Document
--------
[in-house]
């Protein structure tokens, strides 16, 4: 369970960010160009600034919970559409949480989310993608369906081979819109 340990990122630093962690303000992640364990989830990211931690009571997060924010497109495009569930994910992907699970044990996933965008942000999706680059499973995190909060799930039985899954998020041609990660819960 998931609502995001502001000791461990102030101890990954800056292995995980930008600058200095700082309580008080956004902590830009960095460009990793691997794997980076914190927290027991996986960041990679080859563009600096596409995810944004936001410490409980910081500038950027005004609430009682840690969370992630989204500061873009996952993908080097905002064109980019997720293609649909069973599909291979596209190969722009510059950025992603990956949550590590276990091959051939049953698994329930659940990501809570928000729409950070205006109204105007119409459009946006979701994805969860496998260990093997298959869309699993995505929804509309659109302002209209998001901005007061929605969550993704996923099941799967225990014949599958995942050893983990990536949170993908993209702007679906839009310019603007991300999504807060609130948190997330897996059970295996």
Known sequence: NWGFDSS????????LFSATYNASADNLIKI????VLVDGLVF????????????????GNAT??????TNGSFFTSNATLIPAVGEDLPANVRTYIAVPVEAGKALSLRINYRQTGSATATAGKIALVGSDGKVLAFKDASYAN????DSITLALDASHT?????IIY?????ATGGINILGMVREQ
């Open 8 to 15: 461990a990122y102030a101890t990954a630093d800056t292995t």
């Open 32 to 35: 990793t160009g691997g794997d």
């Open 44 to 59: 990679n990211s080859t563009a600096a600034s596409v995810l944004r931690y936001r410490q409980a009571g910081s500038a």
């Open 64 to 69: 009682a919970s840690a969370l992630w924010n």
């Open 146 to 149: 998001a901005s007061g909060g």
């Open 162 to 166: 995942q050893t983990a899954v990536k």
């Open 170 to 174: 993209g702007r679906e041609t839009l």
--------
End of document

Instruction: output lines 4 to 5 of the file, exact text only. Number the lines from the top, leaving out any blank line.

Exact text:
């Open 8 to 15: 461990a990122y102030a101890t990954a630093d800056t292995t």
């Open 32 to 35: 990793t160009g691997g794997d």